DOE supercomputers get pre-launch tuning
- By Amanda Ziadeh
- Jul 17, 2015
When the newest supercomputers come online at the Department of Energy national labs, they’ll be working at peak efficiency, thanks to two new Centers of Excellence.
Working with IBM and NVIDIA, the Lawrence Livermore National Laboratory and the Oak Ridge National Laboratory have each established mission-specific Centers of Excellence to support the advanced, large-scale scientific and engineering applications that will run on two new supercomputers to be built by IBM with NVIDIA processors.
The Summit and Sierra supercomputers use IBM’s OpenPOWER architecture and POWER processors, NVIDIA Tesla GPU accelerators and the NVIDIA NVLink high-speed processor interconnect, which will minimize data in motion, optimize problem solving and time to solution while driving down energy consumption and computing cost, IBM said.
Computational scientists from IBM and NVIDIA will work with applications scientists from each lab to create the tools, technologies, programming models, algorithms and applications that will perform best on the supercomputers, which will be delivered in 2017 and operational in 2018.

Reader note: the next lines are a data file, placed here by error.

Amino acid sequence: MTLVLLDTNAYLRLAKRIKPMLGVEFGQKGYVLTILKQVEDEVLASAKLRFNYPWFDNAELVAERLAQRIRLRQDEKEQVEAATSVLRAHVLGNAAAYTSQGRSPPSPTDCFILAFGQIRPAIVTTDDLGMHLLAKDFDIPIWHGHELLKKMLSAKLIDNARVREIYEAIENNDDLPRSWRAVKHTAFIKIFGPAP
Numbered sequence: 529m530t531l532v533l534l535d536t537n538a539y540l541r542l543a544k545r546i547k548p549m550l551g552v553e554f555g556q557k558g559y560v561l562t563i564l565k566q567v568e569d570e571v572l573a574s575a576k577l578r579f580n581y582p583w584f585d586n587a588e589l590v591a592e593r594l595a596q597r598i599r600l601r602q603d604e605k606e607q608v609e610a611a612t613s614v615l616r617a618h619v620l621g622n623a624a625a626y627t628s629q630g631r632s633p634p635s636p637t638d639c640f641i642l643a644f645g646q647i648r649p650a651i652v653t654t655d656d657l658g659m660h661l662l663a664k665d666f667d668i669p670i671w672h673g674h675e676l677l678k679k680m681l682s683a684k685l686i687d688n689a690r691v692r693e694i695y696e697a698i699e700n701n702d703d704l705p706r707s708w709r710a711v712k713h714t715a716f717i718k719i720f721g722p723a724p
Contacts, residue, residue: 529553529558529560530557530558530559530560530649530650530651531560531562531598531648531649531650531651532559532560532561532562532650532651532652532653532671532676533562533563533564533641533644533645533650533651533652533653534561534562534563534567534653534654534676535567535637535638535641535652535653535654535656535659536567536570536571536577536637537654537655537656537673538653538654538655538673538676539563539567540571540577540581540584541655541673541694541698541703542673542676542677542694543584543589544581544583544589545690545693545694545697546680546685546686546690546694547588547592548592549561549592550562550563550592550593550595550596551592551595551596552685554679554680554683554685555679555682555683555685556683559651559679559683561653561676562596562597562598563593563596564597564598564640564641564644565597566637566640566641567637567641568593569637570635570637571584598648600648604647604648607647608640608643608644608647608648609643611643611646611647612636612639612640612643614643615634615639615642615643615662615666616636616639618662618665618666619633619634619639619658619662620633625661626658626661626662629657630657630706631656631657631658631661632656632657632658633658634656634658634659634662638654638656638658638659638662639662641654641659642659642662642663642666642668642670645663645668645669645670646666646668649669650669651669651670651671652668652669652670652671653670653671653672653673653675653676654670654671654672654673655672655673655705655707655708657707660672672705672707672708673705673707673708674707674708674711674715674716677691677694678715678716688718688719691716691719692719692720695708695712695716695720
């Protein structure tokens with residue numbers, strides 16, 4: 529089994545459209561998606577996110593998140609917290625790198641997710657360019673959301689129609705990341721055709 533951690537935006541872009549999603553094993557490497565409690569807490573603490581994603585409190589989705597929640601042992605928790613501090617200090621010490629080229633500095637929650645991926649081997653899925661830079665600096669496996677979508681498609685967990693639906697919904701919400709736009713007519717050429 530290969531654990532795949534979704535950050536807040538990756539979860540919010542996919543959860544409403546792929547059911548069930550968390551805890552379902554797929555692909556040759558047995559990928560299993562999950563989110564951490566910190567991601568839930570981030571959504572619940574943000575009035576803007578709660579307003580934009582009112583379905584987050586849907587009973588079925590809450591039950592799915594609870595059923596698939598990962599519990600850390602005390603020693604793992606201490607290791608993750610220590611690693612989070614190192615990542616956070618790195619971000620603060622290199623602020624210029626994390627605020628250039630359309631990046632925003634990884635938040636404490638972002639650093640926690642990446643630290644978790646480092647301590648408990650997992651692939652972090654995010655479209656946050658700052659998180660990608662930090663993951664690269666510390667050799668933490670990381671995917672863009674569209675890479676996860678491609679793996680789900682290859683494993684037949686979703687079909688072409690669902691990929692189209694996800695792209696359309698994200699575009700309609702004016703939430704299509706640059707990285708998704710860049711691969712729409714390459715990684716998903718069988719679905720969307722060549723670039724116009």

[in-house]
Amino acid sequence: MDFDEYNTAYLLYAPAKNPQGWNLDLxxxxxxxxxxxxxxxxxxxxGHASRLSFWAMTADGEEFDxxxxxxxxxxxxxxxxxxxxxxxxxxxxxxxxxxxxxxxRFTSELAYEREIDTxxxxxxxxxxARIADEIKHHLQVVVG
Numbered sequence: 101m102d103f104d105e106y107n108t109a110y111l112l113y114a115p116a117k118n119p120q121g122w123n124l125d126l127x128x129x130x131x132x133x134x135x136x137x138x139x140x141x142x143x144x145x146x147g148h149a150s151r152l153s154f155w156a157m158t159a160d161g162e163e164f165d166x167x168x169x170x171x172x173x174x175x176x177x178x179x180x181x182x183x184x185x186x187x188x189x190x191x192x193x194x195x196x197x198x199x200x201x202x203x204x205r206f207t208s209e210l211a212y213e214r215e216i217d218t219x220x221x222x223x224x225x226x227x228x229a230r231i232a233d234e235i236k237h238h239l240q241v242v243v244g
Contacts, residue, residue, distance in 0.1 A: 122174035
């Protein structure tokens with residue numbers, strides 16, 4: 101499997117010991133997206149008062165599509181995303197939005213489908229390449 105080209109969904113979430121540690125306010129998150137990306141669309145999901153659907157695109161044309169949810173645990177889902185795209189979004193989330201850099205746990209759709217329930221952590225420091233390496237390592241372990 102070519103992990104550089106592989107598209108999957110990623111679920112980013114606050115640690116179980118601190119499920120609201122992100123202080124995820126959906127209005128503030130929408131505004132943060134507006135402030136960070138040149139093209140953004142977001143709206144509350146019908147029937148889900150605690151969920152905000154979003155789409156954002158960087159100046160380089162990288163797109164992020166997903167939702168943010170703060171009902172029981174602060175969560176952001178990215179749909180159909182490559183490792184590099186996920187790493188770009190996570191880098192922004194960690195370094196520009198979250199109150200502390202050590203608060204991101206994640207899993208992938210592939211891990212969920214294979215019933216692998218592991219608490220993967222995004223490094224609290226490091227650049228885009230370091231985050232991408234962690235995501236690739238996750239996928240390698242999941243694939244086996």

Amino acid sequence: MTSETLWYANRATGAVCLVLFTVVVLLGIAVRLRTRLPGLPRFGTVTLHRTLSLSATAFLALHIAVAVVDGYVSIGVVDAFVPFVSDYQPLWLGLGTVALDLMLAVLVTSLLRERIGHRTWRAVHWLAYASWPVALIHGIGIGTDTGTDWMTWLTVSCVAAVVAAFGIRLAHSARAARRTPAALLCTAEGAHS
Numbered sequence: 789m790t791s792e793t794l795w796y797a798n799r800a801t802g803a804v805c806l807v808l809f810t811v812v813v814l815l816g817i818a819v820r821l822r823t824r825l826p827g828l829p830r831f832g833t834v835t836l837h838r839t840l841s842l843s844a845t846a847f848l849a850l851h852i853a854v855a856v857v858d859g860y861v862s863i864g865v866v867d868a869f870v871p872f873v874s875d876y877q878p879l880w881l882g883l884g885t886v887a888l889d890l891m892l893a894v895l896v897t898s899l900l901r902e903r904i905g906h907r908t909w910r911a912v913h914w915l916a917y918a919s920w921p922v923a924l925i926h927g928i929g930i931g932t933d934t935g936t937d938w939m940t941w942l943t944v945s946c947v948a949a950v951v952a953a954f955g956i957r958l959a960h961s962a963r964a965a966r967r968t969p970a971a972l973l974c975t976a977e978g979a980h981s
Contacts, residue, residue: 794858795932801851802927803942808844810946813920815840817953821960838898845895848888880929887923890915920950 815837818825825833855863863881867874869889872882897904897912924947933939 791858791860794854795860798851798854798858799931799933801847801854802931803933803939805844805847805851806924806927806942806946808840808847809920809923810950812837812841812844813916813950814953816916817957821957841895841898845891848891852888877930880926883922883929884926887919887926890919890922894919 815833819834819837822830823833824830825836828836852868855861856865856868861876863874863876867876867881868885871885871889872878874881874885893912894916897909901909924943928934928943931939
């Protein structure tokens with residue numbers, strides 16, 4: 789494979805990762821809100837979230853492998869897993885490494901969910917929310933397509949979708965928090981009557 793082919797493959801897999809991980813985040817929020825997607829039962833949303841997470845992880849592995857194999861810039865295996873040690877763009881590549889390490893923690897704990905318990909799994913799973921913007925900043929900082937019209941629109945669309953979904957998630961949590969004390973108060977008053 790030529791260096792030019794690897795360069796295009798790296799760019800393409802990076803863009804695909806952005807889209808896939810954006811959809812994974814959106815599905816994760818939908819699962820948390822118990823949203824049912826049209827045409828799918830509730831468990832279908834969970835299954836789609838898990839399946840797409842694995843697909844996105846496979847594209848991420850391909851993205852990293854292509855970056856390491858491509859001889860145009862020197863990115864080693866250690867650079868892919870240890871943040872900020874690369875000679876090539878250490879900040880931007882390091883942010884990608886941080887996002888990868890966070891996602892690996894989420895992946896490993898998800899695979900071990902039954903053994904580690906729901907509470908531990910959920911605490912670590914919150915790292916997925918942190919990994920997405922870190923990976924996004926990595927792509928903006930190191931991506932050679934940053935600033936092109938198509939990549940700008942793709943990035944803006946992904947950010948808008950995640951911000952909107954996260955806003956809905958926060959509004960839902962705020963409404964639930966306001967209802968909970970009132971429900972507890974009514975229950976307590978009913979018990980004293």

This communication between the hardware and software specialists with the lab’s application developers will ensure the ongoing system design is compatible with user applications.
Specifically, the Center for Excellence will support development of at least 13 applications for Oak Ridge’s Summit supercomputer, and the program at Lawrence Livermore will support the lab’s efforts to evolve national security applications in areas of safety, reliability and security of the nuclear supply, as well as national security computational science measures like biosecurity, energy security and global warming.
“Along with NVIDIA, our scientists are ensuring Oak Ridge and Lawrence Livermore are able to get the most out of these revolutionary supercomputers to reach the next level of scientific discovery,” said Dave Turek, IBM vice president of HPC market engagement.
The wide collaboration will also guarantee that developed applications are capable of running on all of the DOE supercomputers.
Amanda Ziadeh is a former reporter/producer for GCN.